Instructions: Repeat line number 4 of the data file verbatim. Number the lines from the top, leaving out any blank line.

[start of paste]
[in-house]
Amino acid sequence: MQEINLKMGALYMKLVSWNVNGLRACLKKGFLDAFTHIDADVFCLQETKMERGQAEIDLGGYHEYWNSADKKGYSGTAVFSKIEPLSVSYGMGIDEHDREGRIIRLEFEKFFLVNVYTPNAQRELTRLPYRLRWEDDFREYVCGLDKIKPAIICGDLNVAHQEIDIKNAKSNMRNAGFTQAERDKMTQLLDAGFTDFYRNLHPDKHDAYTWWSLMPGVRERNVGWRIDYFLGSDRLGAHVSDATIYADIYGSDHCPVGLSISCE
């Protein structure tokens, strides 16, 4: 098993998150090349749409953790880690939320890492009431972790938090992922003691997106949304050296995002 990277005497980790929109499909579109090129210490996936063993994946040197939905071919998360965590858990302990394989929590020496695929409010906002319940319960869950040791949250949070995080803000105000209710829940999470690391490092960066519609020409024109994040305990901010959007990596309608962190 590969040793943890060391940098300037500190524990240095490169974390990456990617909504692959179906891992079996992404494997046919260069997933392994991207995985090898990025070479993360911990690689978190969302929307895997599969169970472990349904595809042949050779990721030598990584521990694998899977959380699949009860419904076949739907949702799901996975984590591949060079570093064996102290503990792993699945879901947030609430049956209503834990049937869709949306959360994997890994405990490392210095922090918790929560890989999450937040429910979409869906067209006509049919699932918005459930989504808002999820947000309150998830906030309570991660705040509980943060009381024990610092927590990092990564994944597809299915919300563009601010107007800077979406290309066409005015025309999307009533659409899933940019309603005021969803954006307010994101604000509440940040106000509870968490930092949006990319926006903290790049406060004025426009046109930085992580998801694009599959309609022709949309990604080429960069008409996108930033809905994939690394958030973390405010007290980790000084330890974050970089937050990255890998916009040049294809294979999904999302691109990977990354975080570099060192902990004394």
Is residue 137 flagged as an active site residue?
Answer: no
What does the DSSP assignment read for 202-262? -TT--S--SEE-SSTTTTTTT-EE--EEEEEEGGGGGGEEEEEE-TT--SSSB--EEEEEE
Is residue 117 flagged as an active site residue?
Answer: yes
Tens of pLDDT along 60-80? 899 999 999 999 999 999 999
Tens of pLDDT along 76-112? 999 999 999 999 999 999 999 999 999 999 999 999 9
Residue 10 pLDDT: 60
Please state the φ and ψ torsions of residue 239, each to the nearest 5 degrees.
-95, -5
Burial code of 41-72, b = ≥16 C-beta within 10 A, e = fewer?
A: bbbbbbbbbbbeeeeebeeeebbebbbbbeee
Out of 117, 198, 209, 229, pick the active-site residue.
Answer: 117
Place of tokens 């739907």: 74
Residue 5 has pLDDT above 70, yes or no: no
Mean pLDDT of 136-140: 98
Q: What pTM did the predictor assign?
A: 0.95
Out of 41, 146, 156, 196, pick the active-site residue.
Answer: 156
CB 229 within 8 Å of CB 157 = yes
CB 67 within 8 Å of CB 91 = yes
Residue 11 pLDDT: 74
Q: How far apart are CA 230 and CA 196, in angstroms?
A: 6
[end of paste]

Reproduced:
Is residue 137 flagged as an active site residue?